Accused Of Being A Feminist

That’s right – I was accused of being a feminist. When and why did this happen?

I was defending the rights of women to choose not to be married or have children and if they do get marriage to not be subservient to their husbands. I also admitted the fact that marriage scares the crap out me and I have issues with giving up control. I wasn’t being radical (at least I didn’t think I was being radical).

However in the middle of my arguments, I was asked – “You are a feminist, aren’t you?” No, not asked – accused – in a tone of voice that inferred that being a feminist places me in a group of rabid men-hating-women.

When did radical feminism become feminism? When did all women who talk about and believe in the empowerment of women become a bra-burning lesbian? (those words weren’t used but I know the connotations of radical feminism – nor is there anything wrong with being a lesbian). Fortunately, my fore-mothers did the “bra-burning”. So, I will not apologize and I certainly will not let ignorant men make me feel ashamed of being associated with such a pivotal movement.

I went to an all girls high school and practically grew up with the dictates of empowered womanhood; so I am completely shocked when something as powerful as feminism is viewed in a negative light. After-all, who is a feminist  but “an advocate or supporter of the rights and equality of women”.

So, in answer to the accusation – my answer is YES – Unequivocally, without apology; YES, I am a Feminist.

I recently came across the following article about other women being accused of radical feminism – see excerpt and link below.

Change has come to the Catholic Church. After centuries of accusing women who disagree with them of witchcraft, they’ve abandoned their antiquated ways and embraced a more modern way of thinking — accusing women who disagree with them of “radical feminism.” And you say the Church isn’t progressive!

Article from Jezebel.com

Have you ever been accused of being a feminist? Please share, I would love to hear your stories.

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8 thoughts on “Accused Of Being A Feminist

  1. The word feminism has been stolen by men a little bit. You have 2 choices. Agree whole-heartedly that you could never, ever, ever be truly satisfied without a man in your life – and aw, shucks, can’t wait to have his dinner waiing for him when he gets home! – Or, you are a man-hater.

    You either praise us or you hate us. Those are the options.

    I like a phrase I came across recently. Instead of saying I’m a Feminist, I’ve started saying I’m an Equalist. It doesn’t have the baggage that the F word has sadly attained.

    Anyway, thanks for the read 🙂

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    1. haa – I’m an equalist – I like that 🙂 and I will certainly be using it as a point of comparison.

      I’ll also admit that there’s a part of me that wants to ram the word feminist down the throats of people who accuse me of it. It’s very frustrating to hear narrow-minded people go-on about a term that they are really uniformed about.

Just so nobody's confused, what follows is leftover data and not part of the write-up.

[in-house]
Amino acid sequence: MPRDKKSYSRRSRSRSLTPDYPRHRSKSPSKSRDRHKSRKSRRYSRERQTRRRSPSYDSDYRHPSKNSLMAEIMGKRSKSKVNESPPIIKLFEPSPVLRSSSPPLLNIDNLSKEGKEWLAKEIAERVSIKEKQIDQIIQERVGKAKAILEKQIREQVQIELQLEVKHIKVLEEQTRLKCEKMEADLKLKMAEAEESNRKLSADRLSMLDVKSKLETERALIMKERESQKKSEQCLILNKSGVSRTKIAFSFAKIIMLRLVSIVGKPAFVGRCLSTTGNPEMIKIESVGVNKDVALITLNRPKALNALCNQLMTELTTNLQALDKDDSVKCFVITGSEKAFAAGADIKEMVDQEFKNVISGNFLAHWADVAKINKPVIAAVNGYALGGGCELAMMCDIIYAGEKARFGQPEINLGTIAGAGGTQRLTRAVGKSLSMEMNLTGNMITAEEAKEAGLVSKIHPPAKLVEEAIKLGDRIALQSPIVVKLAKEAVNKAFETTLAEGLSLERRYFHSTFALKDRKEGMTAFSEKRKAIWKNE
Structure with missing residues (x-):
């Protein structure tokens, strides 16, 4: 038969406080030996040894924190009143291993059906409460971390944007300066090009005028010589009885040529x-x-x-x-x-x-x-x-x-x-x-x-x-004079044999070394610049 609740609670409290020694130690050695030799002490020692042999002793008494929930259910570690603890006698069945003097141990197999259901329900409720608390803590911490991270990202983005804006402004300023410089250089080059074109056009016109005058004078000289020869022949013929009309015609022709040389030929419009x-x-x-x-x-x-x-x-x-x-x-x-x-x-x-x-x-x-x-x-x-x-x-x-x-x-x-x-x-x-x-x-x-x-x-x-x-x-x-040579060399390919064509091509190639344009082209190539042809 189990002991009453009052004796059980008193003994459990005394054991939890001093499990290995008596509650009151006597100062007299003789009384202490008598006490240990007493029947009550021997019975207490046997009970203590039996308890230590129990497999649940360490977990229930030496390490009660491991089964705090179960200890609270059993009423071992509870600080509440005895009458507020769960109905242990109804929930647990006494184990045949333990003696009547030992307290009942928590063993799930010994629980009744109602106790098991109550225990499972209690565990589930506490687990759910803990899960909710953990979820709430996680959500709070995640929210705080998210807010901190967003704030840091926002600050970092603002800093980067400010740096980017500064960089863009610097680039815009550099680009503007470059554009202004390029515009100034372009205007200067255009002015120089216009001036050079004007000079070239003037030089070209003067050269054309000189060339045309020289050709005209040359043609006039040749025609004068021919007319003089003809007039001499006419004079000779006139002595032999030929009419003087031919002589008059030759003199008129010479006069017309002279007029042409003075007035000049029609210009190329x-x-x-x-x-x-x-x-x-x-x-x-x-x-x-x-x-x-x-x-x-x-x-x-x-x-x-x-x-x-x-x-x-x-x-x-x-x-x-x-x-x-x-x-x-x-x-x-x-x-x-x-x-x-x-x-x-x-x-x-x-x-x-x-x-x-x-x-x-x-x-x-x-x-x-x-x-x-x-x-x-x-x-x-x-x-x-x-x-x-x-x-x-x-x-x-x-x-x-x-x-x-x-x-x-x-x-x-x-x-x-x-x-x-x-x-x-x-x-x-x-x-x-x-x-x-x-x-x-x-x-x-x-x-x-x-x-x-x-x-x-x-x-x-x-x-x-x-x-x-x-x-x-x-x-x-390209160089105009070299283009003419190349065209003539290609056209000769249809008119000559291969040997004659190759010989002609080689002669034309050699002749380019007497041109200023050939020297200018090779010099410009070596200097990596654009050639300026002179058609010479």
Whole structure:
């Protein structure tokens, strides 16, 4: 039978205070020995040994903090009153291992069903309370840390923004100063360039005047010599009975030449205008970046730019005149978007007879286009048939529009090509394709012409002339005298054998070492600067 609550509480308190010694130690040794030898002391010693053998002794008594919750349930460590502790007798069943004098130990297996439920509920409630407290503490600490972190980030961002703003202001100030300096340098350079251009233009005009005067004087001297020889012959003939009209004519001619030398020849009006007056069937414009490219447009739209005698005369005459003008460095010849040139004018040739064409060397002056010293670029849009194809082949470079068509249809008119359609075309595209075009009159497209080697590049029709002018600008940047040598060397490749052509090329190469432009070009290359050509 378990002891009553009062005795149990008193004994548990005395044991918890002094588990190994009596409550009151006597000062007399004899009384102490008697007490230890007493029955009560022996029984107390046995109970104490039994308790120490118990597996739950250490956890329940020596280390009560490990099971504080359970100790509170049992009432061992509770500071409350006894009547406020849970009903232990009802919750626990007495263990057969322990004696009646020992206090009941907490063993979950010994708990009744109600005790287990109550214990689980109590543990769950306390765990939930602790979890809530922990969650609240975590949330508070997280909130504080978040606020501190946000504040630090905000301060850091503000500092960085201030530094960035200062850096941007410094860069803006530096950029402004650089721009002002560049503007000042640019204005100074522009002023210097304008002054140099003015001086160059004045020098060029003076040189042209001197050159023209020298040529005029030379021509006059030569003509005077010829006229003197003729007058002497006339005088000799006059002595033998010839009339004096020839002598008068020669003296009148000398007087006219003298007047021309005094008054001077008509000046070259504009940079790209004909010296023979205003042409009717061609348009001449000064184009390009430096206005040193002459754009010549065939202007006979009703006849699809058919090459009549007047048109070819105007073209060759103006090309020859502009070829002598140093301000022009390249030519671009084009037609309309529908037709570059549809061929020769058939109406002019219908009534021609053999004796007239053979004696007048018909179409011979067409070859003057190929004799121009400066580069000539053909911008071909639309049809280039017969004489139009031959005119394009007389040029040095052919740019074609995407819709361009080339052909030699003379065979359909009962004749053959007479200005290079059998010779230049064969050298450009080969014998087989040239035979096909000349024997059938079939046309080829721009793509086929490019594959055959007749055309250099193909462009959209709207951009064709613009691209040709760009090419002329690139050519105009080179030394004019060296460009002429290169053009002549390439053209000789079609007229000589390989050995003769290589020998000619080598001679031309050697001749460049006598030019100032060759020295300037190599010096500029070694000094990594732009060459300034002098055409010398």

Not to worry – I will resist the urge – lol.

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  2. I thought that feminism was respecting choices, so you could choose to be a stay at home mother or a CEO. Your partner could choose to stay at home or to work as a CEO. Feminism isn’t about bra-burning (actually that didn’t happen) it’s about socioeconomic equality, bringing women’s rights equal to that of men’s. Hence the term feminism.

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    1. I completely agree with you. Feminism is a belief in equality – full stop. At least that’s what I believe. I also believe that others take it too far – a woman should have the right to make the choices that she wants, isn’t that what the fight was originally about?

      Despite my protests – I’m beginning to wonder if others don’t have a point – perhaps, I should start calling myself an equalist. The word feminist is maybe muddled beyond redemption by radical ideas.

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      1. I agree with you in theory, but equalist doesn’t have the same punch, and the same focus on women as feminism does. Equalist sounds wishy-washy. Aren’t we already equal? people ask. Feminism allows for pushing for more for women, when the law says that we are equal but reality doesn’t.

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  3. I know believe me. Yet, every time the term comes up, I have to be defending my stance. It’s one thing for men to not understand feminism but it’s another thing entirely when even women are afraid of embracing the term.

    If we want the focus to be on fighting to make equality for women a true reality in every society; instead of existing purely on paper – what do we do? Too much energy is being wasted on a word and not the meaning behind the word. Not to mention that feminism is synonymous with radical feminism in the minds of many.

    I think I have the title of my next post – Can we reclaim feminism or is it gone forever?

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